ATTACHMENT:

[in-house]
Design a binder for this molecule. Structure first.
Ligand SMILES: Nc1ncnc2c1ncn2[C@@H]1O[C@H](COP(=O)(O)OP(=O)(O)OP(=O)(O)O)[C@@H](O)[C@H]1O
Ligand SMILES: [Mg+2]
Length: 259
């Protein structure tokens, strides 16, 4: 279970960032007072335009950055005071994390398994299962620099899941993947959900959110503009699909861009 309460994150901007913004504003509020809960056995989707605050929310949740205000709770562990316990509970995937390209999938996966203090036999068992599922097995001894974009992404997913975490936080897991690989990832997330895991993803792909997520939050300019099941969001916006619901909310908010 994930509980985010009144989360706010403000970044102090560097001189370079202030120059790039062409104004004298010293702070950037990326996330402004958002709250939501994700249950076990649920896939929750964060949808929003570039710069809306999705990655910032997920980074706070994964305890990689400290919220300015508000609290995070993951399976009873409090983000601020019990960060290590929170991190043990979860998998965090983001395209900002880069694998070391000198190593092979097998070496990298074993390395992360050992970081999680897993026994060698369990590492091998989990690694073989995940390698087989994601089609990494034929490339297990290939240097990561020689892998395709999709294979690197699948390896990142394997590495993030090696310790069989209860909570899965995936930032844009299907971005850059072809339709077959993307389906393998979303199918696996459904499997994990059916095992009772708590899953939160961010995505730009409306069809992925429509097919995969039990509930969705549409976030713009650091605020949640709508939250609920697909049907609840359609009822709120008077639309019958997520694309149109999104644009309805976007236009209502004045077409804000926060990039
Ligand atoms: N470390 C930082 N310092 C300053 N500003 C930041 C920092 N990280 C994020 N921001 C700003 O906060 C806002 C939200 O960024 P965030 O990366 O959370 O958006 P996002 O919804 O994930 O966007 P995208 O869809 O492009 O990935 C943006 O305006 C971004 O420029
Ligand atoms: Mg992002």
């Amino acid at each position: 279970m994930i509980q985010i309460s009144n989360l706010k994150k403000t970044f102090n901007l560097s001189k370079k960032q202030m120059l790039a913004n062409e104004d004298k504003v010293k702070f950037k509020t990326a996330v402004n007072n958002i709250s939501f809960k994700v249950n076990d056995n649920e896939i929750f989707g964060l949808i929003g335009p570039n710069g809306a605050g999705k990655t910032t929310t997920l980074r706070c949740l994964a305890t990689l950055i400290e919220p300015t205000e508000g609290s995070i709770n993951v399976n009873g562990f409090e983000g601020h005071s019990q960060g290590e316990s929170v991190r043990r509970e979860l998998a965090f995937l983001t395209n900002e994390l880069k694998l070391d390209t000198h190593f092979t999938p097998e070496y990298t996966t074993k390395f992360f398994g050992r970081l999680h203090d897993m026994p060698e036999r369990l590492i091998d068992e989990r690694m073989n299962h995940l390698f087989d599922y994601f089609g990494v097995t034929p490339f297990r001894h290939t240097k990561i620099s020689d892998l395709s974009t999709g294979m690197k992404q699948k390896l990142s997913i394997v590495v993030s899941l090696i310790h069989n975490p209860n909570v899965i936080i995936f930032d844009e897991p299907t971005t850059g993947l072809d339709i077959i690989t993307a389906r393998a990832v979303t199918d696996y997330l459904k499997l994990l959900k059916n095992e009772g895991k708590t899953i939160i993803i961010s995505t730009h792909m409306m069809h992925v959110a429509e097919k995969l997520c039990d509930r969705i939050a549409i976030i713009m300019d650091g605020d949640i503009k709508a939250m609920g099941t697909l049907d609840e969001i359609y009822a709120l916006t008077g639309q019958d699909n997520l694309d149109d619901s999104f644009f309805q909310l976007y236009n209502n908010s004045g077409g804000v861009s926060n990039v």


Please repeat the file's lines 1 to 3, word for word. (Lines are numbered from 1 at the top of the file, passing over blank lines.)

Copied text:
[in-house]
Design a binder for this molecule. Structure first.
Ligand SMILES: Nc1ncnc2c1ncn2[C@@H]1O[C@H](COP(=O)(O)OP(=O)(O)OP(=O)(O)O)[C@@H](O)[C@H]1O